By: Diana Velázquez

Methanol was originally produced by the destructive distillation of wood chips, which is why it is also known as wood alcohol. For its production over the years, raw materials like coal, oil and heavy naphtha have been used; however, nowadays the production of methanol comes from natural gas and steam.

The natural gas is heated in the presence of steam in order to obtain a reformed gas, also known as synthesis gas, this gas is compressed before it passes to a synthesis reactor in which in the presence of Zn, Cr, Mn and more catalysts, reacts exothermically to produce crude methanol, which is then purified by a distillation process to obtain refined methanol.1

The methanol industry has grown in recent years, and has made presence in Asia, North and South America, Europe, Africa and the Middle East. The approximately 90 methanol plants around the world have a combined production capacity of roughly 110 million metric tons (almost 36.6 billion gallons or 138 billion liters). 2

According to IHS Chemical, the global demand of methanol reached 80 million metric tons in 2016, however this demand is expected to keep growing, mainly because of the applications of emerging energies.3 The unceasing growth of the industry requires a continuous search of new economic and ecofriendly technologies. This has allowed the emergence of biological products for industrial applications, as in the case of methanol.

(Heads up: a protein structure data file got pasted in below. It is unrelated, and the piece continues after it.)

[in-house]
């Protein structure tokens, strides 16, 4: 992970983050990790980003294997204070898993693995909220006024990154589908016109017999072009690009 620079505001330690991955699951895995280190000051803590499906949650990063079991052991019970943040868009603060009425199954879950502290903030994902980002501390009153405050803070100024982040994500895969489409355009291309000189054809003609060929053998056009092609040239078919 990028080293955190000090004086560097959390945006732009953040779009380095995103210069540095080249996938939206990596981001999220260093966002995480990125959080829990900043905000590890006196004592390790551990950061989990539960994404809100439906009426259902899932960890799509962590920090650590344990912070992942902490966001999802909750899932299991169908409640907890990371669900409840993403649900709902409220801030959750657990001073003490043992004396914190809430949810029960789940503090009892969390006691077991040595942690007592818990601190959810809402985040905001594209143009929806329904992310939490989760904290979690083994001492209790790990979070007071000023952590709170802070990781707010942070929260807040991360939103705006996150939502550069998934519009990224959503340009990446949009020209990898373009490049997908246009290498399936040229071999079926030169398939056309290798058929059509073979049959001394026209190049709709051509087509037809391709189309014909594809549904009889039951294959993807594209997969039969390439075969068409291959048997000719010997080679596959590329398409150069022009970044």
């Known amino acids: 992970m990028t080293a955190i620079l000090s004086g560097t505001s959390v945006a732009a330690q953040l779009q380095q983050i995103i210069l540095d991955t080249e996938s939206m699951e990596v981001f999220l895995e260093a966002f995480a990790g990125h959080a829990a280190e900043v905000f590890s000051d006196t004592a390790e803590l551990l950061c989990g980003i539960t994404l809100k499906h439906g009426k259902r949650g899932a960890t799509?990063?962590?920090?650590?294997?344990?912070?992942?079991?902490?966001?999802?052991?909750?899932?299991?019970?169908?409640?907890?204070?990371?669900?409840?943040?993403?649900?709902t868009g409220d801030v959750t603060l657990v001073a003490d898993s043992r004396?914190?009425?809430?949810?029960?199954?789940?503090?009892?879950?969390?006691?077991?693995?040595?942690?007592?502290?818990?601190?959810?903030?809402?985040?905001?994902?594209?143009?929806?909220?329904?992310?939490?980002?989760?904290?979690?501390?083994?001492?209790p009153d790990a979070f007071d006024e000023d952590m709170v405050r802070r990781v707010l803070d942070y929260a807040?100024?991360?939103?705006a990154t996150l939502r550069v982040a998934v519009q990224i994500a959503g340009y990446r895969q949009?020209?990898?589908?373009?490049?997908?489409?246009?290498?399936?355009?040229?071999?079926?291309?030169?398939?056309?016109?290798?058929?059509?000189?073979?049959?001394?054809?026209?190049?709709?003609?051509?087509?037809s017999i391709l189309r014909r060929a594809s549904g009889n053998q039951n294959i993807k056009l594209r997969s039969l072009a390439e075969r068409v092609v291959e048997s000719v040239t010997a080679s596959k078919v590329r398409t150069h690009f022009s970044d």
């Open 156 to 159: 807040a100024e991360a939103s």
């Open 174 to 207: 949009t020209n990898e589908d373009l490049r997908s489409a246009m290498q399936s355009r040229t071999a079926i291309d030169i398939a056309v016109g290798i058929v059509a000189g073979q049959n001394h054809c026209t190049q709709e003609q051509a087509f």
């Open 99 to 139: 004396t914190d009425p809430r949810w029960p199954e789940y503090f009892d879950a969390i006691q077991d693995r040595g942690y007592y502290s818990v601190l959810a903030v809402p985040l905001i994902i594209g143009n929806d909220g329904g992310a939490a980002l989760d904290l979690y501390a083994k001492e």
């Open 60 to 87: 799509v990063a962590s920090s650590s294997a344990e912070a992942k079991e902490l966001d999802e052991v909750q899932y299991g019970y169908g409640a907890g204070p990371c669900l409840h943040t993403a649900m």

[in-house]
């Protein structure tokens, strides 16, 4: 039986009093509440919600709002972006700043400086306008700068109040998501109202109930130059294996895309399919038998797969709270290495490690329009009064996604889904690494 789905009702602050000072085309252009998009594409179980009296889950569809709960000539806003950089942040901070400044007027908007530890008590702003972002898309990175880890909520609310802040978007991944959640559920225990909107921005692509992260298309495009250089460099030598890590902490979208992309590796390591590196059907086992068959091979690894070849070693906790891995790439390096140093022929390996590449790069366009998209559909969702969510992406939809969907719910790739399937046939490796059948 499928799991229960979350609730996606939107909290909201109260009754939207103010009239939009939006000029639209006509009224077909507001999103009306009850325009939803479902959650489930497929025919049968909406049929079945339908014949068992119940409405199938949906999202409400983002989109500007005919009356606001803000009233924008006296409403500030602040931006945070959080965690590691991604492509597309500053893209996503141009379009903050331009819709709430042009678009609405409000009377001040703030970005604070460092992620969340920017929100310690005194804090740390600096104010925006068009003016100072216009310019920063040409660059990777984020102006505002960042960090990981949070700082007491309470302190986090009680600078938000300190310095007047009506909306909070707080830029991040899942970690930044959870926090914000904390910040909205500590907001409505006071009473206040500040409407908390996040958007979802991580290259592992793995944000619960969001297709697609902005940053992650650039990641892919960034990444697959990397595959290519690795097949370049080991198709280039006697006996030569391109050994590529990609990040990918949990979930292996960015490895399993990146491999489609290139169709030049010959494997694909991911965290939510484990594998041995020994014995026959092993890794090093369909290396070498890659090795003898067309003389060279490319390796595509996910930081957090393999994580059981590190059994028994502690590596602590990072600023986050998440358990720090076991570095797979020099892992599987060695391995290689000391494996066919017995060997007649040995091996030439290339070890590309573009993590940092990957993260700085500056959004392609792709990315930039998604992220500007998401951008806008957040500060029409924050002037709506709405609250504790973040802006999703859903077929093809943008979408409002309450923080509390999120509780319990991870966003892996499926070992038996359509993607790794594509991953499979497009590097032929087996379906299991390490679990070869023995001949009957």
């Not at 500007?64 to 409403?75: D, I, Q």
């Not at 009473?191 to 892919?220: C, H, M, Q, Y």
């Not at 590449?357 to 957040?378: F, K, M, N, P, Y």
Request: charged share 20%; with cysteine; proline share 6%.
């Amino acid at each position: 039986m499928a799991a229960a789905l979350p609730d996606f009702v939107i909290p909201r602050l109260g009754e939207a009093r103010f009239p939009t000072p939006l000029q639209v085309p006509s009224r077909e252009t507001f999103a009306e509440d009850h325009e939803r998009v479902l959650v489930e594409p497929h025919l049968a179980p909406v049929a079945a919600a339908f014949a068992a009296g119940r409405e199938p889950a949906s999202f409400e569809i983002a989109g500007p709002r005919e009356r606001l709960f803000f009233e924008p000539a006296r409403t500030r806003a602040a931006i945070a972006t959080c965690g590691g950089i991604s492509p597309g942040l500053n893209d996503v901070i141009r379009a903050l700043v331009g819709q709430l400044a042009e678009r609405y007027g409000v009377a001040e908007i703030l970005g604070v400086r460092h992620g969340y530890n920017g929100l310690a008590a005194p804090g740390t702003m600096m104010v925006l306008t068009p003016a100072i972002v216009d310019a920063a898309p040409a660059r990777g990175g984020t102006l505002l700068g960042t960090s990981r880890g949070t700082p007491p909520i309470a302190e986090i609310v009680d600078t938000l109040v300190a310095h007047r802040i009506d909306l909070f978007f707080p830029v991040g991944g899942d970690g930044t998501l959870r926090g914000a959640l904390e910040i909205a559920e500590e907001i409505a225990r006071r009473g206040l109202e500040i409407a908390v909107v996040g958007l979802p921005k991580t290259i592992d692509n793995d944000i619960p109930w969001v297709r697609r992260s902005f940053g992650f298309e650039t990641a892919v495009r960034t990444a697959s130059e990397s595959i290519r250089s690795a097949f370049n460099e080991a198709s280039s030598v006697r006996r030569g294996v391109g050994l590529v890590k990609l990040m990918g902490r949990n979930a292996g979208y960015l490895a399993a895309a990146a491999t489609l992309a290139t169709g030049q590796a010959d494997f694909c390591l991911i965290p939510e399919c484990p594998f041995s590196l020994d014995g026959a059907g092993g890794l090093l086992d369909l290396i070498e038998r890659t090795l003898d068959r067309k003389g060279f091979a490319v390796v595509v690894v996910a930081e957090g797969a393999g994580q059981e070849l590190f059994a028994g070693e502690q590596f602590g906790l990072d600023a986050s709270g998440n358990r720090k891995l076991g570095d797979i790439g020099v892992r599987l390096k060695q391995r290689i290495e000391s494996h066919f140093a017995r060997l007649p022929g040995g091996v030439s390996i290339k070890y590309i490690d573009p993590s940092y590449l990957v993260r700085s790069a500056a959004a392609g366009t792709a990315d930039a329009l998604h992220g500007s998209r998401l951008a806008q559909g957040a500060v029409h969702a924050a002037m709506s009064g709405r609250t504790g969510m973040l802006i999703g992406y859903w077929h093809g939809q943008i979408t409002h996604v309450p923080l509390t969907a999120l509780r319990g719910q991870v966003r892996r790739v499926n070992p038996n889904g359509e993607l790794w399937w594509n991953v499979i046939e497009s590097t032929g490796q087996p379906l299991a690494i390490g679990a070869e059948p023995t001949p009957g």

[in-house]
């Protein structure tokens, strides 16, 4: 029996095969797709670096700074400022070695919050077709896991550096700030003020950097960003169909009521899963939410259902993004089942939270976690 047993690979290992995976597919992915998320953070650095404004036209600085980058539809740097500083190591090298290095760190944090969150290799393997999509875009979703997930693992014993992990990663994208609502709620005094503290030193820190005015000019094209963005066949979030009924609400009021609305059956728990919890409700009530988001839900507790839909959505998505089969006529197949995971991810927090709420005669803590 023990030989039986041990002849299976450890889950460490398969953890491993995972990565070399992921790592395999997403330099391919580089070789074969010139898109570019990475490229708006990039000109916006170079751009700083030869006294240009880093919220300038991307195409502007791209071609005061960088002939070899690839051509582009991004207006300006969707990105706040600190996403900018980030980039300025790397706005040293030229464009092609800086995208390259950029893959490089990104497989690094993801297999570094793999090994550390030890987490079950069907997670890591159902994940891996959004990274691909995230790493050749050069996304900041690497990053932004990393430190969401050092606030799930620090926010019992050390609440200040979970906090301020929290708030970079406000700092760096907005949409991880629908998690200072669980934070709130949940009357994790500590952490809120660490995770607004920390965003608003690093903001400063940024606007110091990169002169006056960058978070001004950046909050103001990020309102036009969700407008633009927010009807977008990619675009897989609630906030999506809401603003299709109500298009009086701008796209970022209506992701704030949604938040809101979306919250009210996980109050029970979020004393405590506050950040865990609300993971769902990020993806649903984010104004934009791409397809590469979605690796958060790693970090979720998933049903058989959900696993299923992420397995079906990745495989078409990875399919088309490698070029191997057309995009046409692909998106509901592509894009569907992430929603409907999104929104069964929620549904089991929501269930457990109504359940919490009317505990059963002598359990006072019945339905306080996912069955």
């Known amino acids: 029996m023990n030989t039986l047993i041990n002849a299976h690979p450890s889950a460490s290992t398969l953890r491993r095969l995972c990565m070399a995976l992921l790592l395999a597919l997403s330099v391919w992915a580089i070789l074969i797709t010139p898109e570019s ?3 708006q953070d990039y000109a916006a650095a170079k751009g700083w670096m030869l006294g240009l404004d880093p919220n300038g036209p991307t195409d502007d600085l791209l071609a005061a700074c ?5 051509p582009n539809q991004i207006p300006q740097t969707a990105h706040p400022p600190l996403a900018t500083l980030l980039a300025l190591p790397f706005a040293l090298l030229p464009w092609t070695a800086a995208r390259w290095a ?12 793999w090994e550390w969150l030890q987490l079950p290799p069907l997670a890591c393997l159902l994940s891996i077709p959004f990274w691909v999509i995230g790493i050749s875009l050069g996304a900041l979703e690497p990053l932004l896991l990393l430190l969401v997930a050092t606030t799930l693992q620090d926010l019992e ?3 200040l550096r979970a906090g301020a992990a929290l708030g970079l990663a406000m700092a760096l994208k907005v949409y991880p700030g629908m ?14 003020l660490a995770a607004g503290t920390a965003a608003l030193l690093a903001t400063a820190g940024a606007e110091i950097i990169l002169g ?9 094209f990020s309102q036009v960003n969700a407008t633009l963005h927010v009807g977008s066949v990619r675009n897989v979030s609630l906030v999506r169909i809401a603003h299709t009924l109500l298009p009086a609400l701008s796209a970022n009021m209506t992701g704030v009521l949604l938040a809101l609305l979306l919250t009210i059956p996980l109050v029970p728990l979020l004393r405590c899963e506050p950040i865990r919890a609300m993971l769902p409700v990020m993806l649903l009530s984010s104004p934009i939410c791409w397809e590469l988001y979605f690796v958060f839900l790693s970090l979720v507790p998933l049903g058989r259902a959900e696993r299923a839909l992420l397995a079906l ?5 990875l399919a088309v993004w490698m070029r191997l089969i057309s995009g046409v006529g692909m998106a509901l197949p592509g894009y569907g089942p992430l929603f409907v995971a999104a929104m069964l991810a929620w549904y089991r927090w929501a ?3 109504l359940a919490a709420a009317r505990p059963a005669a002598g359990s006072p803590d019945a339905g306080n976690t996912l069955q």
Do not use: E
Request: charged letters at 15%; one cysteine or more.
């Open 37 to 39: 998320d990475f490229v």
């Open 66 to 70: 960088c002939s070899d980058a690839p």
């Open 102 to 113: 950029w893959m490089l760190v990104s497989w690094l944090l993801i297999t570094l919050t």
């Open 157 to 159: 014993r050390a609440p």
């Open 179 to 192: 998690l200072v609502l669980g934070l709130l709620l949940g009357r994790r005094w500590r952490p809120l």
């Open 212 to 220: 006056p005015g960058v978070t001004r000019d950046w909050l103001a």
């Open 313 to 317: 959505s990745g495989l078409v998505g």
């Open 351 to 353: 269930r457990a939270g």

In the methanol industry, the usage of microorganisms for the cleansing of industrial equipment has positioned itself in recent years as a cost-effective and pure option for the removal of residues and incrustations in methanol synthesis reactors. The microorganisms manage to remove paraffin residues and incrustations with the same or even greater efficiency and efficacy than conventional chemical products, and these outcomes have resulted in:

• Improvements in the thermal efficiency of the system.
• The improvement of heat transfer in the exchangers to stabilize the extraction (remove heat from the reaction).
• A uniform temperature distribution in the reactor.
• A better usage of the catalysts before their reactivation or replacement by favoring catalytic activity.
• The decrease in the generation of hazardous waste and the costs of handling after cleansing.
• The reduction of health and safety risks for employees who perform maintenance work, as they are not exposed to hazardous chemical substances.

1. Methanol Production – A Technical History. Johnson Matthey Technol. Rev., 2017, 61, (3), 172–182 2. Methanol Institute. 3. HIS Chemical Bulletin 2016 issue 3 – The changing face of the global methanol industry.